Strength Training And Running: Everything You Need To Know

Strength Training And Running: Everything You Need To Know

We are strong because we are runners. And we train because we want to be stronger and better runners.

While running is a great way to get and stay in shape, it is important to incorporate strength training into our normal weekly workout routines. But are we supposed to strength train before or after a run?

Strength training is the form of exercises that uses resistance to cause muscle contraction. Also called weight training or resistance training, it improves muscular strength by using resistance to work out a specific muscle group. When we strength train, our nervous system needs to produce more force in our muscles in order to use our skeletal system.

The overall goal of strength training is to get the muscles stronger. This means increasing to heavier weights the more we train.

Benefits Of Strength Training

There are many benefits of strength training in general and for runners specifically. For starters, strength training helps to make a person more fit. Consistent training results in an increase in muscle and a decrease in fat. This makes it a great way to ward off unwanted weight, decreasing the risk of obesity as well as helping to manage glucose levels for those with Type 2 diabetes.

It is good for bone health, especially in women with low bone mass. Strength training promotes better heart health, while also improving flexibility. It boosts mood and energy, combating depression and anxiety thanks to the release of endorphins. Plus it can do wonders for self-esteem and body image.

For runners, a good approach to training and stretching helps reduce the risk of injury. Of course, you need good running gear like non-slip athletic socks and stable running sneakers, but your body plays the biggest role. Runners need to have strong muscles in order to be able to perform since it strengthens the muscles and tissues needed to move.

Strength training benefits include improving balance and coordination, which are important for runners. Specifically for running, lifting those weights improves running economy and power. Plus it increases speed and VO2 max because the muscles learn to now use so much energy to be able to run at a certain pace because it can handle the intensity. In short, there is less muscle fatigue thanks to building up those muscles. That’s why combining strength training and running program is a good idea.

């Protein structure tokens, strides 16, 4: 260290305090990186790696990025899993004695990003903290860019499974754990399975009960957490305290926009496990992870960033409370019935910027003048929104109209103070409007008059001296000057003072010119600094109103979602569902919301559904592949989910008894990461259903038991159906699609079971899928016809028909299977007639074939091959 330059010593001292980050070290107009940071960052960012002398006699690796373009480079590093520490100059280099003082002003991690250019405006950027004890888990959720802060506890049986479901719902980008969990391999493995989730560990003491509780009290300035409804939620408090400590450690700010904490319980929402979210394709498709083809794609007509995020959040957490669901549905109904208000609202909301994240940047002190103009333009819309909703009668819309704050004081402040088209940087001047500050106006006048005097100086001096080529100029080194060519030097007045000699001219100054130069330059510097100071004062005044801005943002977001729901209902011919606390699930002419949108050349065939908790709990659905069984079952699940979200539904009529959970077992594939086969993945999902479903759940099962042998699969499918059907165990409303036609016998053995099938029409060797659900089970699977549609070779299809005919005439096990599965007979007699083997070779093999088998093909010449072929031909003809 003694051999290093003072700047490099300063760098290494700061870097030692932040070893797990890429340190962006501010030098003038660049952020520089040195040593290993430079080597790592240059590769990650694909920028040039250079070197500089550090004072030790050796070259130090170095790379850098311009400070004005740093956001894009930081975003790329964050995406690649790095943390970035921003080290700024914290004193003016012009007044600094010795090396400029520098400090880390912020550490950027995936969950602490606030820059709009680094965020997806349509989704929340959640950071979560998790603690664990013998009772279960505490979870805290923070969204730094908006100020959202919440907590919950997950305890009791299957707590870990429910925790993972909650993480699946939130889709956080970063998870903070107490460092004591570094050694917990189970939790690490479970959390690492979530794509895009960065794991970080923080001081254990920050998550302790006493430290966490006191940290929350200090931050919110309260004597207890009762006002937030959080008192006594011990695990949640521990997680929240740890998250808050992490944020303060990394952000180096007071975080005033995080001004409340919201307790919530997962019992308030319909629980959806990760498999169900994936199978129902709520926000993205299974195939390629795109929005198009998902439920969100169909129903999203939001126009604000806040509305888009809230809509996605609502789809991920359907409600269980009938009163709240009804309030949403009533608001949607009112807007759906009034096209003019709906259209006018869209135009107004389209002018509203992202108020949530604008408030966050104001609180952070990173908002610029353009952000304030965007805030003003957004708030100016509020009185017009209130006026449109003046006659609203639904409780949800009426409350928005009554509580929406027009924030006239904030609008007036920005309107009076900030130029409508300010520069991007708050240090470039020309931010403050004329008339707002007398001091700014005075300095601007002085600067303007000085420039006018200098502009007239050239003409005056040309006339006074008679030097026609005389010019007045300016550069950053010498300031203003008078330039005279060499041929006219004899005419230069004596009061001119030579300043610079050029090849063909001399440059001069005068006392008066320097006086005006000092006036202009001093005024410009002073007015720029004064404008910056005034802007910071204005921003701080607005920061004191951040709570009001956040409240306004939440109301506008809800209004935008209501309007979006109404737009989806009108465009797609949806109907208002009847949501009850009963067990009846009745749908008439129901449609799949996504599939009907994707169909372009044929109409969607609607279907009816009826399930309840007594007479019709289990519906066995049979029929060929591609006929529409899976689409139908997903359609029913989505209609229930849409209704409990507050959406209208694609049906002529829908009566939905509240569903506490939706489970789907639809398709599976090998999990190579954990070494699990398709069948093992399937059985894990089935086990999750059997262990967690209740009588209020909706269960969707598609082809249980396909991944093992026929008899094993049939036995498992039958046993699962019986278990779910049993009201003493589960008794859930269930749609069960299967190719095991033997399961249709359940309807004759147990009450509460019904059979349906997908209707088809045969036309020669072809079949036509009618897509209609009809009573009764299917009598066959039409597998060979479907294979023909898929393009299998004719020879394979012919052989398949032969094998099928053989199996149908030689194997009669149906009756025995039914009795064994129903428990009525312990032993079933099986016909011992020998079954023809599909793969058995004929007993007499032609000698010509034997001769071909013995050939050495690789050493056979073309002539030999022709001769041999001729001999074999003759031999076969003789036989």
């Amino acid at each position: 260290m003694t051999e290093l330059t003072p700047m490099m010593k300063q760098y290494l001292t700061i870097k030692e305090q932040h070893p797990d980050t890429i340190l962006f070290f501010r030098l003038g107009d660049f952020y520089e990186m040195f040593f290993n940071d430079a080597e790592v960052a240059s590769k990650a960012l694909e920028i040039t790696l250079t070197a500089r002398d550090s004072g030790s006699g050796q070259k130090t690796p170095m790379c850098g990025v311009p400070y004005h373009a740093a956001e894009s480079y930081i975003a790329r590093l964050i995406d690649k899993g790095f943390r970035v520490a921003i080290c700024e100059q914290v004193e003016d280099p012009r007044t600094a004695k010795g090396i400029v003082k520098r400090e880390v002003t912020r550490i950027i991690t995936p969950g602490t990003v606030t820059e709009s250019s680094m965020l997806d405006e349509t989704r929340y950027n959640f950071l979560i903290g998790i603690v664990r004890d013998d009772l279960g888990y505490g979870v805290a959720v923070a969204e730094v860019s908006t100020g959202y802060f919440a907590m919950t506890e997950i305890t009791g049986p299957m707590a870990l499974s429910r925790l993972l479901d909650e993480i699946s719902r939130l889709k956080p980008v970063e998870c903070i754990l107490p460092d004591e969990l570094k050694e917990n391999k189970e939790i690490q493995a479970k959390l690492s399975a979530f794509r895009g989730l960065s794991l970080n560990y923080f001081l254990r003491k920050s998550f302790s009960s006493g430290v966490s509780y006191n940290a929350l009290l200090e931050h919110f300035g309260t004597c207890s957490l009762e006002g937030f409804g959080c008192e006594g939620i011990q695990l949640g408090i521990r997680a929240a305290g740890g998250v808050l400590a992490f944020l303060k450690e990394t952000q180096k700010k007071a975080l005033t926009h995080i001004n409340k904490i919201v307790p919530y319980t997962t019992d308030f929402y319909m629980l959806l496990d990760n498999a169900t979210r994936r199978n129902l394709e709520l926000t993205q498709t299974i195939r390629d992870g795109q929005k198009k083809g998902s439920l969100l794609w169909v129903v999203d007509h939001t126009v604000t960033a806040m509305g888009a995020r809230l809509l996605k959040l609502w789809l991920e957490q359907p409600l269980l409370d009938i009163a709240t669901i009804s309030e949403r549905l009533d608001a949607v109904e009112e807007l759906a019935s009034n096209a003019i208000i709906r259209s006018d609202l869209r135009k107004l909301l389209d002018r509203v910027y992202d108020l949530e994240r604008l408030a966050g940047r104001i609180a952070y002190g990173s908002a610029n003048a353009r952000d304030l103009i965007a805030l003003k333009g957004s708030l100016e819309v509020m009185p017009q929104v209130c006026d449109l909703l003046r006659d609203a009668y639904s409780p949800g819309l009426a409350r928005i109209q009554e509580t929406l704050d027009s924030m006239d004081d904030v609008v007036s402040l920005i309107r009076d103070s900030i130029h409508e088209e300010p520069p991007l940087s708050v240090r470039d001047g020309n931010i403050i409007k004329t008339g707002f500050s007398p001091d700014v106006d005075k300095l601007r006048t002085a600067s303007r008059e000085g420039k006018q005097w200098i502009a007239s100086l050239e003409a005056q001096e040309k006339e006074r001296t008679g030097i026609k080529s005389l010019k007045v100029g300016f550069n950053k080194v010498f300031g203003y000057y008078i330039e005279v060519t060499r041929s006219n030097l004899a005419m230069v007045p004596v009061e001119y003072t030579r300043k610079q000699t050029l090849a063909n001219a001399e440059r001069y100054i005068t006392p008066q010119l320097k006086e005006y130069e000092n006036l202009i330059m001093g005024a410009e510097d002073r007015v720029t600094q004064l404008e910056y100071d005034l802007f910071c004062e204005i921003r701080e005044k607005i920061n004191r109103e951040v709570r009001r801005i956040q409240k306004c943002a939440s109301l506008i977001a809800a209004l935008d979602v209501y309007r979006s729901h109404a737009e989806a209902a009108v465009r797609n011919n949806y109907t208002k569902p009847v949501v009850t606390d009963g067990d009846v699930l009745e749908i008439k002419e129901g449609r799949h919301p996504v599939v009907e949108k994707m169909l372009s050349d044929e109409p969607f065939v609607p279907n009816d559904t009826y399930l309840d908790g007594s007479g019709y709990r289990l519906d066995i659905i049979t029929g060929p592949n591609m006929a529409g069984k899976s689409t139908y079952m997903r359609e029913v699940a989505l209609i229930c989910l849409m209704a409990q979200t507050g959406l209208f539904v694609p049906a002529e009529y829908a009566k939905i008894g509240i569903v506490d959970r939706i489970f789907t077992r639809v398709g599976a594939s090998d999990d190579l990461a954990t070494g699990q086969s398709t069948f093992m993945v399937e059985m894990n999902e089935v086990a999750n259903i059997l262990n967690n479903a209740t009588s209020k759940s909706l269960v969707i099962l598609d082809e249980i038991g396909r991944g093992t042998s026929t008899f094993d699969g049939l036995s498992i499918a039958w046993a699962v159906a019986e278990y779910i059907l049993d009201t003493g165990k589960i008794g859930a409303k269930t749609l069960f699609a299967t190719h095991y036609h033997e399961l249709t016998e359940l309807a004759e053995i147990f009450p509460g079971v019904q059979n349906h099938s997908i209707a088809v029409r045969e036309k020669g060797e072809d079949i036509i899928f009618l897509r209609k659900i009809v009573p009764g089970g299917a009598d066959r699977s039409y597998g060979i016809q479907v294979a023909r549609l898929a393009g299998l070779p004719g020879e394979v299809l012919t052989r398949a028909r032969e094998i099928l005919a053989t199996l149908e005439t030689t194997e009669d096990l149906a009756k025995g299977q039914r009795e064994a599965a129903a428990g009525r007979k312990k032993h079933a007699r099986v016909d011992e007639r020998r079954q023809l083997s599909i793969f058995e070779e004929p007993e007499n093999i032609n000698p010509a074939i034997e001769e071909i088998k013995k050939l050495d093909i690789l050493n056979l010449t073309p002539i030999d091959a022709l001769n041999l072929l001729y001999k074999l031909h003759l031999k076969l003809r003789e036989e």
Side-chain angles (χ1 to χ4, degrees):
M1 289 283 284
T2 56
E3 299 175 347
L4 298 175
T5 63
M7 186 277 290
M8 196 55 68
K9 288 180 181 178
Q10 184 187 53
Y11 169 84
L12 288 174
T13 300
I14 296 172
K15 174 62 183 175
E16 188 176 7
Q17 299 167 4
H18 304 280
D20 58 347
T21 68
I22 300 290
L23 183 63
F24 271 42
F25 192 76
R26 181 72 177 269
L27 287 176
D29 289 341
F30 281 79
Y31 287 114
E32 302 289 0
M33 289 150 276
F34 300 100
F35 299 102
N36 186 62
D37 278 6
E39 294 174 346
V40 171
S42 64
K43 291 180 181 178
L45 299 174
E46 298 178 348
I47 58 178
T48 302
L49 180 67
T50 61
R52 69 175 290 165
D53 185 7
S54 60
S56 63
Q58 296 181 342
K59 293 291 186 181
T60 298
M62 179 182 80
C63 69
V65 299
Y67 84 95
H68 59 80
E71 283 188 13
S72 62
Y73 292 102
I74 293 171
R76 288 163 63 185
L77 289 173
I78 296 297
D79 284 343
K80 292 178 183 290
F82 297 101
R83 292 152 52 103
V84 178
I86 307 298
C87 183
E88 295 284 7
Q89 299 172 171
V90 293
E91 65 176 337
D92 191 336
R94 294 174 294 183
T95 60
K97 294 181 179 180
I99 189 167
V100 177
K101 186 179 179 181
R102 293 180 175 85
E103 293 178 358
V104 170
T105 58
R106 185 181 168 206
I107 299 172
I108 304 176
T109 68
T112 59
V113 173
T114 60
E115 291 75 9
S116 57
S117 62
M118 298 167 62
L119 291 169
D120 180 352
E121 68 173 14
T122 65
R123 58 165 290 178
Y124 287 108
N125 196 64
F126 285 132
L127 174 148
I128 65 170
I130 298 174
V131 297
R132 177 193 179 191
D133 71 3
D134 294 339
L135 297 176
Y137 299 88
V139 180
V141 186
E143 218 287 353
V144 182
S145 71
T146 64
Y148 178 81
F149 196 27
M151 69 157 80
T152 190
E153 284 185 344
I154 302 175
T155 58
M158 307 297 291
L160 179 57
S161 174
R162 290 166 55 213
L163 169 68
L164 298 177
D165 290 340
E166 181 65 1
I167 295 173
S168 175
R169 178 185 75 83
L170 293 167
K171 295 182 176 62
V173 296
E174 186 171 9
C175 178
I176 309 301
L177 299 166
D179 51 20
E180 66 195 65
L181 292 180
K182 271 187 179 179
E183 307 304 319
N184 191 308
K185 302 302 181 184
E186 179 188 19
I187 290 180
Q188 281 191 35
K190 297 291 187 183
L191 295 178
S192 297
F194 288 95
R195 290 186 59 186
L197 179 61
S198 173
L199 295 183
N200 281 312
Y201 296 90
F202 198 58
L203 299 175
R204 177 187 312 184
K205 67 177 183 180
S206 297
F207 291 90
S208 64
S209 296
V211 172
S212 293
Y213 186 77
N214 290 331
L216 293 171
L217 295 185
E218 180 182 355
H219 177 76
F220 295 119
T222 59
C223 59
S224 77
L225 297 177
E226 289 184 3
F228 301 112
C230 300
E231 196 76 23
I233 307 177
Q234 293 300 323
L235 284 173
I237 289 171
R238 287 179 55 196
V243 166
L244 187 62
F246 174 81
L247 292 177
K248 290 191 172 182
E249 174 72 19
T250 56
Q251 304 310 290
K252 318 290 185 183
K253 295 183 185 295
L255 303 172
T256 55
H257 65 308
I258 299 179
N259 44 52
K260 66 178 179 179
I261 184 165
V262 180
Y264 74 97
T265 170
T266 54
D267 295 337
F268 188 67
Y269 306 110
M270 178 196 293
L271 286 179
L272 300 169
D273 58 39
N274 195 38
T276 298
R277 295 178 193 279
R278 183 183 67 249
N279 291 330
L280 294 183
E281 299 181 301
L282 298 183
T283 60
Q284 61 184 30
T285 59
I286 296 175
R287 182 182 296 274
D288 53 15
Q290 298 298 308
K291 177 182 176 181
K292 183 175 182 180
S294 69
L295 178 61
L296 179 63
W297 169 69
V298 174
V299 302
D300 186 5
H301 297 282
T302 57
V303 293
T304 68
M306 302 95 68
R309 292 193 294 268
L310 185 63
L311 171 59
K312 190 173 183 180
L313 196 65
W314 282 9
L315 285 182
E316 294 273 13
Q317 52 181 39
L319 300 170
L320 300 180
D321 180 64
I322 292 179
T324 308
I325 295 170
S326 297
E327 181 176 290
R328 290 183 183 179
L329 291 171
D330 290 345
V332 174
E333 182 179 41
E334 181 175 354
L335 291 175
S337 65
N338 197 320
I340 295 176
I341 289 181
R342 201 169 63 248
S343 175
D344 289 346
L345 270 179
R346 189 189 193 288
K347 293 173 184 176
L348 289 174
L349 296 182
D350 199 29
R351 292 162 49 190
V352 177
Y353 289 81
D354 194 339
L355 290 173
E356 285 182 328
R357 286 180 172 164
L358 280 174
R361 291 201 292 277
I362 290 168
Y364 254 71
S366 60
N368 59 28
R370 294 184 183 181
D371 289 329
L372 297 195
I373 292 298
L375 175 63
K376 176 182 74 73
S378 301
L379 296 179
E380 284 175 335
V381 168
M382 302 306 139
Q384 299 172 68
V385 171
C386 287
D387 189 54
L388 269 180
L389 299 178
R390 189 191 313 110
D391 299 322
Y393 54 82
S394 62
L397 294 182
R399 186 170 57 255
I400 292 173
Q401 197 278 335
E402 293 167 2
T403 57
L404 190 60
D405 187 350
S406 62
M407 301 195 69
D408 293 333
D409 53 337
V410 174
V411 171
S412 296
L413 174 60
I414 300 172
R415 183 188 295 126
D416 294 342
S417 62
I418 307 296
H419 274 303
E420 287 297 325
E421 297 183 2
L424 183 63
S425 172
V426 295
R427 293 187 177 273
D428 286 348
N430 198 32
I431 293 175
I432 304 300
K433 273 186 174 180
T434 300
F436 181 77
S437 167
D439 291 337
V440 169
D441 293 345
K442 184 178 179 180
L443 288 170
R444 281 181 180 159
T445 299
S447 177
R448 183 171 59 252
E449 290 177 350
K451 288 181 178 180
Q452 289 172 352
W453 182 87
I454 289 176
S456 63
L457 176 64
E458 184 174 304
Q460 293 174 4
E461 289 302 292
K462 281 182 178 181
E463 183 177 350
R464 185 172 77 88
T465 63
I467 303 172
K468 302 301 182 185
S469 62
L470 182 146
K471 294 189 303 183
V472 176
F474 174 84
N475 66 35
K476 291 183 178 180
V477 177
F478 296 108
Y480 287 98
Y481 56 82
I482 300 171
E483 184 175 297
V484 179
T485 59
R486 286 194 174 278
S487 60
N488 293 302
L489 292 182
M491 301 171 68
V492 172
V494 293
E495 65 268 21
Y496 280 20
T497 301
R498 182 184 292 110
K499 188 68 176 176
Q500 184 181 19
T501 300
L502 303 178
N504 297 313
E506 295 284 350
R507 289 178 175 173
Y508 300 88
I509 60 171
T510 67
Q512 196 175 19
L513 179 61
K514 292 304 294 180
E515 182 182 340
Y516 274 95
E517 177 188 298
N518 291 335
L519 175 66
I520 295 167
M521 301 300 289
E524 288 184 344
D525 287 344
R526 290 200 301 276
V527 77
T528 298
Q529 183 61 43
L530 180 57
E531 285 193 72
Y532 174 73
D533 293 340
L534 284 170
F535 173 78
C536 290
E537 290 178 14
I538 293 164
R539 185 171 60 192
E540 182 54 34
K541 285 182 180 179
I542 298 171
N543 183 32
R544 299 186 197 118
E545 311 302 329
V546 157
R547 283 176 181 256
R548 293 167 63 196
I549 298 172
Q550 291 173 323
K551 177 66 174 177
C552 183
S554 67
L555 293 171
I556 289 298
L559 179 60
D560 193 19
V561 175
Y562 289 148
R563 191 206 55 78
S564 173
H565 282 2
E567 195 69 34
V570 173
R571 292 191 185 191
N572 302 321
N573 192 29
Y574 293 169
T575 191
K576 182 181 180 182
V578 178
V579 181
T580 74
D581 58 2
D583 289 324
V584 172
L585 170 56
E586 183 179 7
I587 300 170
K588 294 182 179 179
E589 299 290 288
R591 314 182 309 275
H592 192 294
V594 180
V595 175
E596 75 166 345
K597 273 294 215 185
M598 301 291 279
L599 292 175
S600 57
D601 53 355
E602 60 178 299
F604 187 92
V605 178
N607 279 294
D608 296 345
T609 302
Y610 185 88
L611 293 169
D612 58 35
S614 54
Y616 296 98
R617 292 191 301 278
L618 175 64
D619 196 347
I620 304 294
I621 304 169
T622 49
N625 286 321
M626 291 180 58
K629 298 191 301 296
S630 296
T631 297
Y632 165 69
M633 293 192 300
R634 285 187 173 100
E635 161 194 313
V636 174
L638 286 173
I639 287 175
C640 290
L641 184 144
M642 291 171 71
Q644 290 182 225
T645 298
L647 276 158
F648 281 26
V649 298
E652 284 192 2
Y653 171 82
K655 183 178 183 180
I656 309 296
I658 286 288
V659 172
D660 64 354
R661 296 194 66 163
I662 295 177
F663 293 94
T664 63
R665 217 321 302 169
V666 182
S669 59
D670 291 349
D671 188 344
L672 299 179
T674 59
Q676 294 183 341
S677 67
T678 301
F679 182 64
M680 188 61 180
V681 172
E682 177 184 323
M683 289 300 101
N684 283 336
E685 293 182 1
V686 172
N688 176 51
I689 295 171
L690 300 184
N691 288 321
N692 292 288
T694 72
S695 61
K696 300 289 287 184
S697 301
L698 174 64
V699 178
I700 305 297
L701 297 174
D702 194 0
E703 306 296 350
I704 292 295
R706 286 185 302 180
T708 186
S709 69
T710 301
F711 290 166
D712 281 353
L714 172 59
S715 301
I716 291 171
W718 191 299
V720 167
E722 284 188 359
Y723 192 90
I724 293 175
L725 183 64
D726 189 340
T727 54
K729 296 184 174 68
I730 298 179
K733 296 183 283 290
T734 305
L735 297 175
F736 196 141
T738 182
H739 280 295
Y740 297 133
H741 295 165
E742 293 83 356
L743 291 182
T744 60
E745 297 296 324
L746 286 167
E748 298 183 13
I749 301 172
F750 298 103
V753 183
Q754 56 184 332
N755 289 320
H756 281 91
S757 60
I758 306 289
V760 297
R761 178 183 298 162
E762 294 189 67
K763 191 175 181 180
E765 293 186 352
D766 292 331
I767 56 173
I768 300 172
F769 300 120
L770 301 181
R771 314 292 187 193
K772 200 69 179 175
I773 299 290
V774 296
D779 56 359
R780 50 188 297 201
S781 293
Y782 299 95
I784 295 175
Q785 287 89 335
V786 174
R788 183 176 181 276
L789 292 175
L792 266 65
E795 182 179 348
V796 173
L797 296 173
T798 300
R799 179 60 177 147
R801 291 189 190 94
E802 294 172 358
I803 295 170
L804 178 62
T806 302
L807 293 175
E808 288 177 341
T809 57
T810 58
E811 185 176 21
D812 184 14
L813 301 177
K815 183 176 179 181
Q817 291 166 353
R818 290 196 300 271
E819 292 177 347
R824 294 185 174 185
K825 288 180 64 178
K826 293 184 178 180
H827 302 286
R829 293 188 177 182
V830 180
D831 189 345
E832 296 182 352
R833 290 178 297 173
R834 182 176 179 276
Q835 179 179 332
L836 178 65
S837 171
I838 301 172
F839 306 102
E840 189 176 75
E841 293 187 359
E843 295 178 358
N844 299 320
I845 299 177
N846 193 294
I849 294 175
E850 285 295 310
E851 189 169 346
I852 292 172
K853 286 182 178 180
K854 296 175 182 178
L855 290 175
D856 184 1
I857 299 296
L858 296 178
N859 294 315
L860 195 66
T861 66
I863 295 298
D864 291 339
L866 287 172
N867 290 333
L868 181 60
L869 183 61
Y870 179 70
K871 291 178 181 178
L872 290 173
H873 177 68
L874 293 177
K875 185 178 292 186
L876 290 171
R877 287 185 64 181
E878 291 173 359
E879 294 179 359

Running and Strength Training: Before Or After?

There are two types of people, those who lift weights then hop on the treadmill, or those who get their run in then pump iron. But when should runners really be strength training? What is the best way to combine running and strength training?

According to research from Australia that found that there was no difference in performance and effort among both groups of runners, those who strength trained first or after a run. However, the researchers suggest running first then lifting to get that more intense workout in first them take it easier on the weights. A good example would be to run before work and hit the gym for weights at the end of the day.

With that said, there is a preferred order based on goals.

Strength train before a run when looking to bulk up and build muscle. If speed during a run isn’t the main goal, pick up the weights first. However, if the main goal is to build muscle, it’s best not to run after at all because the body needs time to recover. While running after builds endurance, it can negatively get in the way of muscle building. Lift weights first then run for those who are looking to lose weight since the body then starts to run on fat instead of carbs that have already been used up when strength training.

Strength train after a run when looking to improve on speed, and increase endurance. Runners don’t want to be too fatigued when going for sprints or a tempo run. While running on tired legs can aid in endurance, runners don’t want to overdo it by tiring out the leg muscles by lifting before even getting to their run. Plus this could cause a strain, injury, or overuse. This is especially the case when going for the long run. Never weight lift (the lower half of the body) before a long run to prevent injury.

Strength Training Tips

There are different ways to strength train. These include lighting weights at the gym or at home, either free weights or the gym equipment. Other options include classes like CrossFit for TRX. Just make sure to focus on one muscle group at a time. For example, have a session dedicated to the upper body like arms, shoulder and chest and another day for back, legs, and glutes. Just make sure to never miss leg day.


  1. What is strength training? A beginners guide, Exercise Right, Jan.3, Exercise Right
  2. 7 Ways Strength Training Boosts Your Health and Fitness, Chris Iliades, MD, Everyday Health
  3. 11 Benefits of Strength Training That Have Nothing to Do With Muscle Size, K. Aleisha Fetters, March 23, 2018, U.S. News
  4. Why Strength Training Is So Important for Runners, Runner’s World
  5. How Best to Combine Strength Training and Running, Scott Douglas, Feb. 24, 2014, Runner’s World
  6. Strength Before Endurance? What’s the Right Order?, Herwig Natmessnig, April 9, 2016, Runtastic